No regrets: All Hallows president
The discovery of Fr Leonard's will torpedoed the auction of Jackie Kennedy's correspondence
THE president of All Hallows College has told how the eleventh-hour discovery of Fr Joseph Leonard's will at midnight last Sunday scuppered the sale of his extraordinary correspondence with Jackie Kennedy.
Fr Patrick McDevitt, who took up his post at the cash-strapped college three years ago, has revealed how he instigated the last-ditch search for the Vincentian priest's will last weekend as controversy raged over plans to auction the correspondence.
The 33 letters between the American icon and the little-known Irish priest made international headlines when it was disclosed a fortnight ago that they were to be sold for an estimated €1m.
The letters chart Jackie Kennedy's thoughts on her courtship, marriage and the assassination of the American president, her husband, John F Kennedy.
Protests from the Kennedy family and an ugly legal spat dampened the excitement that met the discovery. The college authorities believed that Fr Leonard hadn't left a will but, given the international scrutiny, Fr McDevitt searched again last weekend.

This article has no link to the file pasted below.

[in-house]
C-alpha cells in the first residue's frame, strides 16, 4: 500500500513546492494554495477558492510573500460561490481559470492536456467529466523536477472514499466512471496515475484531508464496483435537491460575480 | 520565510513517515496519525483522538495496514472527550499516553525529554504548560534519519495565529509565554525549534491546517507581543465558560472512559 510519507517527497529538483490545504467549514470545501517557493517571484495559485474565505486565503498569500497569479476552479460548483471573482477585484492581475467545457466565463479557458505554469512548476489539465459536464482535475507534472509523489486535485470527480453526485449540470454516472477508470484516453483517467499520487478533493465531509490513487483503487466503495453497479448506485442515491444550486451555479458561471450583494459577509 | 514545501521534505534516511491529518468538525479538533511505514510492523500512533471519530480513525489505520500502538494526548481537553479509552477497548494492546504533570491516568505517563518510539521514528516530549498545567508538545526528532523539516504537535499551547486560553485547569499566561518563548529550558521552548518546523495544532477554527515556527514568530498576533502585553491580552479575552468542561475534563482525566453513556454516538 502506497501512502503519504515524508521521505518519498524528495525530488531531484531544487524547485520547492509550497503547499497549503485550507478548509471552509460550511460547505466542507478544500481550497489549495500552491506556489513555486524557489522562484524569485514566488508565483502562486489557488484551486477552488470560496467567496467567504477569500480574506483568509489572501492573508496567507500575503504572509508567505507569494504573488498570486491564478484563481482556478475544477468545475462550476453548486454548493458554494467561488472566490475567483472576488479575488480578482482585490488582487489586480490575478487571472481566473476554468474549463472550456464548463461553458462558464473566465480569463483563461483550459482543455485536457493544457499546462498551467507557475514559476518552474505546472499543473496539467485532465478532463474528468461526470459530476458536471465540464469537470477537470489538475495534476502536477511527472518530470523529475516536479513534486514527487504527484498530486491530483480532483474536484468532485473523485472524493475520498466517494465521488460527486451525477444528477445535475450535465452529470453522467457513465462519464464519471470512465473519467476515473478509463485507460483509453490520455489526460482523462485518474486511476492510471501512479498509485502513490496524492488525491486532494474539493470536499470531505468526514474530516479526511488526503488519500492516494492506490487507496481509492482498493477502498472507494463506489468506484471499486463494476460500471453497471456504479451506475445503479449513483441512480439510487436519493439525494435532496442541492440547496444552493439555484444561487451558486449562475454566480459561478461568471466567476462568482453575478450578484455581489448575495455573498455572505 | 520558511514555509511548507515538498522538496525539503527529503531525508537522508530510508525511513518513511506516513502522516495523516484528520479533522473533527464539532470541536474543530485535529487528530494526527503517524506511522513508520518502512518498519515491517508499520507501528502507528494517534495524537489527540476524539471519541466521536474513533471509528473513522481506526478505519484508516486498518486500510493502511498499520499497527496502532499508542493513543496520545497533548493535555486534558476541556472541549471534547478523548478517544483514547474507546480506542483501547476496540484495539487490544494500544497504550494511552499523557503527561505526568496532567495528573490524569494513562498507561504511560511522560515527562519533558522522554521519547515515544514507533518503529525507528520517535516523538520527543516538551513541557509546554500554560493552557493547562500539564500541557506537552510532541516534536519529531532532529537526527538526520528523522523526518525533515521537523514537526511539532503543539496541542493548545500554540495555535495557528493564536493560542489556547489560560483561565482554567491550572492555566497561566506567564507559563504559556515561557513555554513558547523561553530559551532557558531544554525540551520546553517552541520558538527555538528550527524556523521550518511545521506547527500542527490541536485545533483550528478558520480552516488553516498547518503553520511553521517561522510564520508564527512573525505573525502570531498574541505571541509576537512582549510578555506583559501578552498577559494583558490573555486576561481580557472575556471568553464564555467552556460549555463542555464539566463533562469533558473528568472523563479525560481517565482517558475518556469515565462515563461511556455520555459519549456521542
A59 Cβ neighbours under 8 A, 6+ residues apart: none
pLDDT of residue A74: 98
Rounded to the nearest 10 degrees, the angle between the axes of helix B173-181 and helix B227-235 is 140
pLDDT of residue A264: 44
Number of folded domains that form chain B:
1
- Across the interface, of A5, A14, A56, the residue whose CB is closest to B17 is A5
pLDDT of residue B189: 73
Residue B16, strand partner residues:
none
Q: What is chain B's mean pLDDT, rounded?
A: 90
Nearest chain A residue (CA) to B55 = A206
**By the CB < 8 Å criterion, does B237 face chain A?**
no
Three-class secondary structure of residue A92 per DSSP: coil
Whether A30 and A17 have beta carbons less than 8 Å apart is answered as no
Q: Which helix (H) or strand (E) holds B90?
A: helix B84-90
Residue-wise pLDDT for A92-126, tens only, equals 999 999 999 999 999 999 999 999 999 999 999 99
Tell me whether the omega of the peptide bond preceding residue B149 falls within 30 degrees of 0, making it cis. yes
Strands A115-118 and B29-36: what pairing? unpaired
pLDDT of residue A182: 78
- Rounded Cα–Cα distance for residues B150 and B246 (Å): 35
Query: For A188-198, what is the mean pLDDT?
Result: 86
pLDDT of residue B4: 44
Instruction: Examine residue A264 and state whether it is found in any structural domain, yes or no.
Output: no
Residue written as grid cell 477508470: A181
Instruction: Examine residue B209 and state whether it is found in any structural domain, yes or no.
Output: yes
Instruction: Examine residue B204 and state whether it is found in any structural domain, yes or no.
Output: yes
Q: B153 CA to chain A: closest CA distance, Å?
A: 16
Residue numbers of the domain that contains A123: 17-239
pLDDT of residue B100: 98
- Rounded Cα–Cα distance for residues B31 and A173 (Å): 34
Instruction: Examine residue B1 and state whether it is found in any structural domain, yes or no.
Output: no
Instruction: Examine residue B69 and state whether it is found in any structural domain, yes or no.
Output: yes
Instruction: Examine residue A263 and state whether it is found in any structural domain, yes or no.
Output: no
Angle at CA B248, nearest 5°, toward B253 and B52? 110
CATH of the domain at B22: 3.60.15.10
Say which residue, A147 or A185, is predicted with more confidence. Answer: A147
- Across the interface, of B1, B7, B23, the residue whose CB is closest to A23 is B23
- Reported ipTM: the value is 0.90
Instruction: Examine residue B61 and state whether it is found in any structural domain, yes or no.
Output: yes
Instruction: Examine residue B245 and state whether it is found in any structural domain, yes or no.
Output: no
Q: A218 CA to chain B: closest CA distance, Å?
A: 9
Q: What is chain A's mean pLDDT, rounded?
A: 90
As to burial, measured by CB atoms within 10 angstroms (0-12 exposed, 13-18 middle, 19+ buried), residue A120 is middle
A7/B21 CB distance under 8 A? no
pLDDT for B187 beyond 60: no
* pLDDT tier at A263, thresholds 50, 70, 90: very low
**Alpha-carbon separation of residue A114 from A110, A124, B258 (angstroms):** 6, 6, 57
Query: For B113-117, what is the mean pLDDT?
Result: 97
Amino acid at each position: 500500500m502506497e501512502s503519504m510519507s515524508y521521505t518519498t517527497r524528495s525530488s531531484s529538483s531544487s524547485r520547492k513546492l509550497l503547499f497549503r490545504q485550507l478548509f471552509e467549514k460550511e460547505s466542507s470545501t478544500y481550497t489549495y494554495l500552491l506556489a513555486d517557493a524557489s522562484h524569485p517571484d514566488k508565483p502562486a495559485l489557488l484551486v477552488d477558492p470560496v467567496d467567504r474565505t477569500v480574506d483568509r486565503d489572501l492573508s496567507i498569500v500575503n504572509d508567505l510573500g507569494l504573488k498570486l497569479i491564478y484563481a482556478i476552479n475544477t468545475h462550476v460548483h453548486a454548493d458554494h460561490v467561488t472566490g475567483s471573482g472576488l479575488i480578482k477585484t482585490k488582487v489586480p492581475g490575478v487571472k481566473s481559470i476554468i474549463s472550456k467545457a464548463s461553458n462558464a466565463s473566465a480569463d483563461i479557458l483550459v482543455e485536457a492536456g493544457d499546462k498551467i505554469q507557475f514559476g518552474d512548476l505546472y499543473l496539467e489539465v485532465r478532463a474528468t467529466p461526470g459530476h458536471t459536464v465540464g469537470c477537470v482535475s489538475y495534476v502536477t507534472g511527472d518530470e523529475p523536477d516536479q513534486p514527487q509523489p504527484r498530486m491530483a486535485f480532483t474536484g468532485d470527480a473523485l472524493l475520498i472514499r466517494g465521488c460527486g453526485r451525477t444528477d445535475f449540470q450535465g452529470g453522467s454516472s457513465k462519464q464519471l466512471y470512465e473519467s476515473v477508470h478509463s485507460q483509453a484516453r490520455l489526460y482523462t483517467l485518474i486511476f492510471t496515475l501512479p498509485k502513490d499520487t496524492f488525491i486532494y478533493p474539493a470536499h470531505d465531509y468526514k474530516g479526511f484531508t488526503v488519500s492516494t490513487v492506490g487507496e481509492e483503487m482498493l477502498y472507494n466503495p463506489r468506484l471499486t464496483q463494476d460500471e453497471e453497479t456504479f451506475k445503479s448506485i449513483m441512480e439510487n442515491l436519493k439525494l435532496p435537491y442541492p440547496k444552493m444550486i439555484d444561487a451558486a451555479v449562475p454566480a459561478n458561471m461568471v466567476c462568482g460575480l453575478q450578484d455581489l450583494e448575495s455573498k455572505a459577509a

"I had my top leaders on a Sunday night up in the archives until about 12.15pm," he said.
They found the will written on a single sheet in an unmarked box. Fr Leonard bequeathed all of his goods and possessions to his religious order, the Vincentians.
In an interview with the Sunday Independent, Fr McDevitt recalled his reaction: "Oh. Ok. This puts some closure to something – even though it was not in our interests... At least it brings closure to a question that people have been asking," he said.
Last week, the auction was called off. On Friday, All Hallows – which needs €2m to get through next year alone – announced that it will close its doors after 172 years. The letters are expected to revert back to the Kennedy family, once talks between the Vincentians and the Kennedy family have concluded.
Fr McDevitt has defended the decision to put the letters up for auction. He said the archives were full of artefacts but the letters between Jackie Kennedy and Fr Joe Leonard were among its most valuable assets.
"At that stage, they were in a safe in the college," said Fr McDevitt. "The conversation about selling assets again began almost as soon as I got there. One of the first things I did was to empty out the attics and the closets.
"There was no will at our place (All Hallows) or with the Vincentian leadership.
"There has never been any conversation that they belonged to the Vincentians."
The letters were scheduled to go to auction on June 10, but the Kennedy family was reportedly unhappy with the sale and questions were raised about All Hallow's right to sell them.
Fr McDevitt said that he had made no contact with the Kennedys or their representatives.
But he did get a call from the Department of Foreign Affairs.
"They just wanted to know who was the contact person for All Hallows. My impression was that it was in terms of the Kennedy family having a contact name if they needed it," he said.
Fr McDevitt admits to being disappointed at the turn of events but says he has no regrets.
"The focus now is on winding down the college," he said.